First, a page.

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Coat collection bundled up

Winter donation campaign nets 1,200 coats

Donated coats for those in need to wear through the winter as part of the Katie’s Koats campaign.

Donated coats for those in need to wear through the winter as part of the Katie’s Koats campaign.

— Kaitlyn Drobne said she never knew how much joy could be brought to someone’s face just by the gift of a winter coat.

“We don’t realize what it means to have a coat and be able to stay warm throughout the winter. It’s something people take for granted,” said the 20-year-old from Selkirk.

On Thursday, Feb. 7, Drobne and Albany County officials distributed coats collected through the Katie’s Koats initiative to representatives from the Homeless and Travelers Aid Society of Albany on Central Avenue. During the month long campaign, more than 1,200 coats were collected to be distributed to the homeless.

“It was absolutely breathtaking. I started to cry,” said Drobne. “I never imagined we would get so many coats. It was really nice to see the community come together to help me and it made such a huge difference.”

Albany County Executive Dan McCoy attended the event, as did Charles Burkes of the Albany County Veterans Service Bureau, HATAS Executive Director Liz Hitt and Best Cleaner’s Co-owner Tim McCann, whose company offered to clean the items collected for free.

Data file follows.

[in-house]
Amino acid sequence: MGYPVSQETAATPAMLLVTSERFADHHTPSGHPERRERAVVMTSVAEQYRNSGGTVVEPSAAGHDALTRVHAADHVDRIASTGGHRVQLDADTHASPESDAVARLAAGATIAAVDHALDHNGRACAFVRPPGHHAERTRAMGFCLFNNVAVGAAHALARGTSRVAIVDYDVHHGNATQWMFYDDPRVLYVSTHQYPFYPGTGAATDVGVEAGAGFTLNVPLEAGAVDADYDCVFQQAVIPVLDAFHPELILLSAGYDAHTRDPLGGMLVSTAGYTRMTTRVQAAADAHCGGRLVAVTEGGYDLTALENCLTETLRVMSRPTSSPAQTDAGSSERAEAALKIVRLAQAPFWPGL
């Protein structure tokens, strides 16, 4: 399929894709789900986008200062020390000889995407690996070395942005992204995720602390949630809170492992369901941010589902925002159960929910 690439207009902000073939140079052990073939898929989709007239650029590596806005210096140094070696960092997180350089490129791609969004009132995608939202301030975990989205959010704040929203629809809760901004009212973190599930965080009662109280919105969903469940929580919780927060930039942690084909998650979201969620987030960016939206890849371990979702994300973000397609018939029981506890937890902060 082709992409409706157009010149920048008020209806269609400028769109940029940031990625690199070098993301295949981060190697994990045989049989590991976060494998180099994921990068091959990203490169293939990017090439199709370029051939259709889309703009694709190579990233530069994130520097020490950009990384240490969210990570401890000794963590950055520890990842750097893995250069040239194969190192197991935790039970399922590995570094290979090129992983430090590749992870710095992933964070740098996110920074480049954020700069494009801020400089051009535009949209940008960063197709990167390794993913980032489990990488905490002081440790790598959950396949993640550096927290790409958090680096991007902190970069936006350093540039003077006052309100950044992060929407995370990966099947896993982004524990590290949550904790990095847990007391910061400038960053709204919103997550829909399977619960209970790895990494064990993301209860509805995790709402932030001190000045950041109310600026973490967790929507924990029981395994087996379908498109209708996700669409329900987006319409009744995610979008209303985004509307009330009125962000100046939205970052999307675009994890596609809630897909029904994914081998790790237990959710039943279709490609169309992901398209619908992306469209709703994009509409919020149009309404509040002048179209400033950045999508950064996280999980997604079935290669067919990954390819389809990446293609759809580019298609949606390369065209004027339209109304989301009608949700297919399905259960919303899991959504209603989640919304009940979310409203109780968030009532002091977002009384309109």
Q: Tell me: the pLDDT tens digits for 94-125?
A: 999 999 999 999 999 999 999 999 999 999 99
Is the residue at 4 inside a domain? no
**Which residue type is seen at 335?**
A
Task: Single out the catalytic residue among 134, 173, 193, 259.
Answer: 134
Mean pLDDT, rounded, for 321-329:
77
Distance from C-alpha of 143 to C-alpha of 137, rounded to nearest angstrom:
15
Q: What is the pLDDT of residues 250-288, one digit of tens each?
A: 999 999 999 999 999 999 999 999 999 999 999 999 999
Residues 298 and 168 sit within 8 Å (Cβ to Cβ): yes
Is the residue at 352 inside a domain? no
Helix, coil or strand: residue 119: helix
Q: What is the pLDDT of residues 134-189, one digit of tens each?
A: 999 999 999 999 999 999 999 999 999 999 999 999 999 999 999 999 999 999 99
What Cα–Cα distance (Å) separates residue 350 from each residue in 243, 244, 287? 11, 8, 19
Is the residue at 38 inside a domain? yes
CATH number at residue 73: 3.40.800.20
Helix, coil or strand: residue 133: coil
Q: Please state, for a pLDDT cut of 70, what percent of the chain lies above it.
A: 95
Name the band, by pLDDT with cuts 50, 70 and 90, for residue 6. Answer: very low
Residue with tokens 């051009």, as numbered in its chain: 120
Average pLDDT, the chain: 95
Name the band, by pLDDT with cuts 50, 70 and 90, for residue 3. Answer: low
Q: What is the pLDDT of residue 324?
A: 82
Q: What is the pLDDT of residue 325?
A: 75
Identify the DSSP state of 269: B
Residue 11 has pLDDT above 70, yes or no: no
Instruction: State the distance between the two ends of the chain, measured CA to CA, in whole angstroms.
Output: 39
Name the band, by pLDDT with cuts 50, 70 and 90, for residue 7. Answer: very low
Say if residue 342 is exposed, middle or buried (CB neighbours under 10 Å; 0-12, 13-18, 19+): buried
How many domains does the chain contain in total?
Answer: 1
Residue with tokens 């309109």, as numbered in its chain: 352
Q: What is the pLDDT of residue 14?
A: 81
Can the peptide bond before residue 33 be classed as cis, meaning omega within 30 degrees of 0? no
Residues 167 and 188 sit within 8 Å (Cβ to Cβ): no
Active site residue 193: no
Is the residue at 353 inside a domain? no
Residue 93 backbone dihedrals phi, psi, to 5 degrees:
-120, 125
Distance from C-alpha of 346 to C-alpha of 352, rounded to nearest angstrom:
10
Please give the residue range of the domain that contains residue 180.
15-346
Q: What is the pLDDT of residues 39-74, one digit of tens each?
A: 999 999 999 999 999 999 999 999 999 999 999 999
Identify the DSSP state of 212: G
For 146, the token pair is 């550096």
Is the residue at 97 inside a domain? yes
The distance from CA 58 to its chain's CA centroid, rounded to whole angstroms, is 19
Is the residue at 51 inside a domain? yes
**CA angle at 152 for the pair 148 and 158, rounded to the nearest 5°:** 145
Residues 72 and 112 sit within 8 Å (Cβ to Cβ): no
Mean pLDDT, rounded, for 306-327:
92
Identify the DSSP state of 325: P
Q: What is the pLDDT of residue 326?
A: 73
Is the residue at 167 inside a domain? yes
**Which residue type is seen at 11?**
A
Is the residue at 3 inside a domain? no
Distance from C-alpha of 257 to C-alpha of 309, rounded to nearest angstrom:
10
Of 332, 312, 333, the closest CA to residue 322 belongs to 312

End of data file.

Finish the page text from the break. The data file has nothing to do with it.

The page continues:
“Thank you to the generosity of Albany County employees, NYS Comptroller Tom DiNapoli’s employees, EMS at Stuyvesant Plaza and other donors throughout the Greater Capital Region for helping out,” said McCoy.

Drobne had the idea to collect coats for the homeless after taking a trip to New York City in the fall. She was surprised to see the number of homeless in the streets, many of them without warm clothing or winter wear.

When the Selkirk resident returned to her job working at her grandmother’s restaurant in the City of Albany, she realized how many homeless people there are right in the Capital District. She said the sight “crushed her.”

Drobne soon began a Facebook page to start asking for donations, but she had little luck. It wasn’t until she began speaking with officials from Albany County who regularly dined at her grandmother’s restaurant, PG’s Café inside Albany County headquarters, that her efforts gained momentum.

In about a month’s time, Drobne and her grandmother, Patricia Sadowski, had coordinated with the county to place boxes throughout the Albany area as collection places.

Drobne said now she will continue her efforts in the future, but she doesn’t have a goal in mind.

“This, year, I just wanted get a few hundred donations,” she said. “I won’t have a goal for next year because I don’t think there is a way to surpass 1,200 coats. It was a really amazing feeling.”

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